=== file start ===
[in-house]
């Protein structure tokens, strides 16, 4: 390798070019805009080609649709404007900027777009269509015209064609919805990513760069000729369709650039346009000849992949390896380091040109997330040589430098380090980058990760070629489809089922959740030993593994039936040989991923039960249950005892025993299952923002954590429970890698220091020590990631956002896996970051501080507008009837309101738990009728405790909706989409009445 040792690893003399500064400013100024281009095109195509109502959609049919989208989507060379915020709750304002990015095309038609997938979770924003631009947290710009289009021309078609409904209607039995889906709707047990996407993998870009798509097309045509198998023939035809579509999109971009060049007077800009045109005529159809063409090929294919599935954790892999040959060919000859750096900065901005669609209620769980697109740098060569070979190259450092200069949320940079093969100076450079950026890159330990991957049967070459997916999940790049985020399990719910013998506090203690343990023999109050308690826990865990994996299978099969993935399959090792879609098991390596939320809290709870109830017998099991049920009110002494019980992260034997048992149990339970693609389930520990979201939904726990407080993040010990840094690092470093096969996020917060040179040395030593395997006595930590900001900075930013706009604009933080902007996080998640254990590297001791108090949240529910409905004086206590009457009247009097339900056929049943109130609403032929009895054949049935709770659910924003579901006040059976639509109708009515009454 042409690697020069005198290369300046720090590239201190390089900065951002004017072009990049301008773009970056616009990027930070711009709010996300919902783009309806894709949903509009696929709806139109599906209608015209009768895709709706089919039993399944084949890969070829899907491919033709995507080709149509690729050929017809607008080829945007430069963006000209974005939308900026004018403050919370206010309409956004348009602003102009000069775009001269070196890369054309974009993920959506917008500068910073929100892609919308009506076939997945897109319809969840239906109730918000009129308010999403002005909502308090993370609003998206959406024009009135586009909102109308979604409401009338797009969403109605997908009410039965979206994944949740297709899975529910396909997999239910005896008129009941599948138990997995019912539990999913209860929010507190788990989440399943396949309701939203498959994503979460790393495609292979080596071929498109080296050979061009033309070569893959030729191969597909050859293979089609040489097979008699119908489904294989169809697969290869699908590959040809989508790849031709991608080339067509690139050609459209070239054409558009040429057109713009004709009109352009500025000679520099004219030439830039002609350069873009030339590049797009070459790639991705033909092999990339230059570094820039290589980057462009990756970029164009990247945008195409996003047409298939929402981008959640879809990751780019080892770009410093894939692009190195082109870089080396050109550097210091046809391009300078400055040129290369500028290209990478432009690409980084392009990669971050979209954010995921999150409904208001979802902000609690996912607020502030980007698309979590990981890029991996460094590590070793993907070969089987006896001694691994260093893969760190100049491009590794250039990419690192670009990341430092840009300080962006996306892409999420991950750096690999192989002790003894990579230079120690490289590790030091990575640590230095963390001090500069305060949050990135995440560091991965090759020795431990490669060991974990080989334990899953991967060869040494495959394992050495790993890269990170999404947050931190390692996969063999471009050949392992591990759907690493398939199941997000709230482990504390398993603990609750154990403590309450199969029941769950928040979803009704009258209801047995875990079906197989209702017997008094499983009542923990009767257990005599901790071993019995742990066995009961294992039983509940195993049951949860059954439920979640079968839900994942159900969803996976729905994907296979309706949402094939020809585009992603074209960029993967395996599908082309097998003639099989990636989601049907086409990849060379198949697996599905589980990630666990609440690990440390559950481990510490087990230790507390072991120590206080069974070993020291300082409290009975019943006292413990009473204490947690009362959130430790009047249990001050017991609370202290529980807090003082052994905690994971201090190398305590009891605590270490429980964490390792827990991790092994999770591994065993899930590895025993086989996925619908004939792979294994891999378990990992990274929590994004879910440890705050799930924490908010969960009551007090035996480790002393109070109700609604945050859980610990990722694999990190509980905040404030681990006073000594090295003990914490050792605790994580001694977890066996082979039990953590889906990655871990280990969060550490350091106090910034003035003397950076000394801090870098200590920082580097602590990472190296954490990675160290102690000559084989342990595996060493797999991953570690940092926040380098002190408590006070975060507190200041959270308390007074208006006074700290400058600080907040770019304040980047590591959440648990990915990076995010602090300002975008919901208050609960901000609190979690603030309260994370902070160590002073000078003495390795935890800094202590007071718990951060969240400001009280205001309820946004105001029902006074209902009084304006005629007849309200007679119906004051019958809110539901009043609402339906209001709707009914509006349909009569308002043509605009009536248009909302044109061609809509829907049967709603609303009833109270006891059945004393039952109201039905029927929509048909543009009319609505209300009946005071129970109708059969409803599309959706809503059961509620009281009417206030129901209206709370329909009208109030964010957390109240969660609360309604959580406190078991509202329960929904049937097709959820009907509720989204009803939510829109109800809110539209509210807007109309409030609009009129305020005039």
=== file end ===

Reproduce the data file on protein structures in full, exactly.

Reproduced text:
[in-house]
């Protein structure tokens, strides 16, 4: 390798070019805009080609649709404007900027777009269509015209064609919805990513760069000729369709650039346009000849992949390896380091040109997330040589430098380090980058990760070629489809089922959740030993593994039936040989991923039960249950005892025993299952923002954590429970890698220091020590990631956002896996970051501080507008009837309101738990009728405790909706989409009445 040792690893003399500064400013100024281009095109195509109502959609049919989208989507060379915020709750304002990015095309038609997938979770924003631009947290710009289009021309078609409904209607039995889906709707047990996407993998870009798509097309045509198998023939035809579509999109971009060049007077800009045109005529159809063409090929294919599935954790892999040959060919000859750096900065901005669609209620769980697109740098060569070979190259450092200069949320940079093969100076450079950026890159330990991957049967070459997916999940790049985020399990719910013998506090203690343990023999109050308690826990865990994996299978099969993935399959090792879609098991390596939320809290709870109830017998099991049920009110002494019980992260034997048992149990339970693609389930520990979201939904726990407080993040010990840094690092470093096969996020917060040179040395030593395997006595930590900001900075930013706009604009933080902007996080998640254990590297001791108090949240529910409905004086206590009457009247009097339900056929049943109130609403032929009895054949049935709770659910924003579901006040059976639509109708009515009454 042409690697020069005198290369300046720090590239201190390089900065951002004017072009990049301008773009970056616009990027930070711009709010996300919902783009309806894709949903509009696929709806139109599906209608015209009768895709709706089919039993399944084949890969070829899907491919033709995507080709149509690729050929017809607008080829945007430069963006000209974005939308900026004018403050919370206010309409956004348009602003102009000069775009001269070196890369054309974009993920959506917008500068910073929100892609919308009506076939997945897109319809969840239906109730918000009129308010999403002005909502308090993370609003998206959406024009009135586009909102109308979604409401009338797009969403109605997908009410039965979206994944949740297709899975529910396909997999239910005896008129009941599948138990997995019912539990999913209860929010507190788990989440399943396949309701939203498959994503979460790393495609292979080596071929498109080296050979061009033309070569893959030729191969597909050859293979089609040489097979008699119908489904294989169809697969290869699908590959040809989508790849031709991608080339067509690139050609459209070239054409558009040429057109713009004709009109352009500025000679520099004219030439830039002609350069873009030339590049797009070459790639991705033909092999990339230059570094820039290589980057462009990756970029164009990247945008195409996003047409298939929402981008959640879809990751780019080892770009410093894939692009190195082109870089080396050109550097210091046809391009300078400055040129290369500028290209990478432009690409980084392009990669971050979209954010995921999150409904208001979802902000609690996912607020502030980007698309979590990981890029991996460094590590070793993907070969089987006896001694691994260093893969760190100049491009590794250039990419690192670009990341430092840009300080962006996306892409999420991950750096690999192989002790003894990579230079120690490289590790030091990575640590230095963390001090500069305060949050990135995440560091991965090759020795431990490669060991974990080989334990899953991967060869040494495959394992050495790993890269990170999404947050931190390692996969063999471009050949392992591990759907690493398939199941997000709230482990504390398993603990609750154990403590309450199969029941769950928040979803009704009258209801047995875990079906197989209702017997008094499983009542923990009767257990005599901790071993019995742990066995009961294992039983509940195993049951949860059954439920979640079968839900994942159900969803996976729905994907296979309706949402094939020809585009992603074209960029993967395996599908082309097998003639099989990636989601049907086409990849060379198949697996599905589980990630666990609440690990440390559950481990510490087990230790507390072991120590206080069974070993020291300082409290009975019943006292413990009473204490947690009362959130430790009047249990001050017991609370202290529980807090003082052994905690994971201090190398305590009891605590270490429980964490390792827990991790092994999770591994065993899930590895025993086989996925619908004939792979294994891999378990990992990274929590994004879910440890705050799930924490908010969960009551007090035996480790002393109070109700609604945050859980610990990722694999990190509980905040404030681990006073000594090295003990914490050792605790994580001694977890066996082979039990953590889906990655871990280990969060550490350091106090910034003035003397950076000394801090870098200590920082580097602590990472190296954490990675160290102690000559084989342990595996060493797999991953570690940092926040380098002190408590006070975060507190200041959270308390007074208006006074700290400058600080907040770019304040980047590591959440648990990915990076995010602090300002975008919901208050609960901000609190979690603030309260994370902070160590002073000078003495390795935890800094202590007071718990951060969240400001009280205001309820946004105001029902006074209902009084304006005629007849309200007679119906004051019958809110539901009043609402339906209001709707009914509006349909009569308002043509605009009536248009909302044109061609809509829907049967709603609303009833109270006891059945004393039952109201039905029927929509048909543009009319609505209300009946005071129970109708059969409803599309959706809503059961509620009281009417206030129901209206709370329909009208109030964010957390109240969660609360309604959580406190078991509202329960929904049937097709959820009907509720989204009803939510829109109800809110539209509210807007109309409030609009009129305020005039």